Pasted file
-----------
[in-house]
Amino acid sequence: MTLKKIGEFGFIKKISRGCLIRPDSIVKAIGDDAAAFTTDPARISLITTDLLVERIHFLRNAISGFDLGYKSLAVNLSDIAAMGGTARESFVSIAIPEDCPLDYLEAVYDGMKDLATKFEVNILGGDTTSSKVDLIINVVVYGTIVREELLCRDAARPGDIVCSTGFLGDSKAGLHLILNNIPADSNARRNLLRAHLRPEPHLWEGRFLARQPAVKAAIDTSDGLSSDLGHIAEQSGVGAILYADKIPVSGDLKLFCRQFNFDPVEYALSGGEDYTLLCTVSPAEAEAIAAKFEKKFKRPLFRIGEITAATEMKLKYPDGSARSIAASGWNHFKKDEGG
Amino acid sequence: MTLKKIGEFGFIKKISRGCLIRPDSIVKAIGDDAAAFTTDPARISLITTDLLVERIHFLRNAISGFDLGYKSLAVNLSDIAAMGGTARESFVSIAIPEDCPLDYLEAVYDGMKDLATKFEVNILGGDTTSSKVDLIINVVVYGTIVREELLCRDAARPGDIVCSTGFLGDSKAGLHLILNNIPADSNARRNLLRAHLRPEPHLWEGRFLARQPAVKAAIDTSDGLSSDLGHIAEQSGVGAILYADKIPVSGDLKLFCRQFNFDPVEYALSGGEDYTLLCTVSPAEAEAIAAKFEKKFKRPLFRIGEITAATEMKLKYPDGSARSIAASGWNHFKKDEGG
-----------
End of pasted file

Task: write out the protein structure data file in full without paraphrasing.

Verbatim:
[in-house]
Amino acid sequence: MTLKKIGEFGFIKKISRGCLIRPDSIVKAIGDDAAAFTTDPARISLITTDLLVERIHFLRNAISGFDLGYKSLAVNLSDIAAMGGTARESFVSIAIPEDCPLDYLEAVYDGMKDLATKFEVNILGGDTTSSKVDLIINVVVYGTIVREELLCRDAARPGDIVCSTGFLGDSKAGLHLILNNIPADSNARRNLLRAHLRPEPHLWEGRFLARQPAVKAAIDTSDGLSSDLGHIAEQSGVGAILYADKIPVSGDLKLFCRQFNFDPVEYALSGGEDYTLLCTVSPAEAEAIAAKFEKKFKRPLFRIGEITAATEMKLKYPDGSARSIAASGWNHFKKDEGG
Amino acid sequence: MTLKKIGEFGFIKKISRGCLIRPDSIVKAIGDDAAAFTTDPARISLITTDLLVERIHFLRNAISGFDLGYKSLAVNLSDIAAMGGTARESFVSIAIPEDCPLDYLEAVYDGMKDLATKFEVNILGGDTTSSKVDLIINVVVYGTIVREELLCRDAARPGDIVCSTGFLGDSKAGLHLILNNIPADSNARRNLLRAHLRPEPHLWEGRFLARQPAVKAAIDTSDGLSSDLGHIAEQSGVGAILYADKIPVSGDLKLFCRQFNFDPVEYALSGGEDYTLLCTVSPAEAEAIAAKFEKKFKRPLFRIGEITAATEMKLKYPDGSARSIAASGWNHFKKDEGG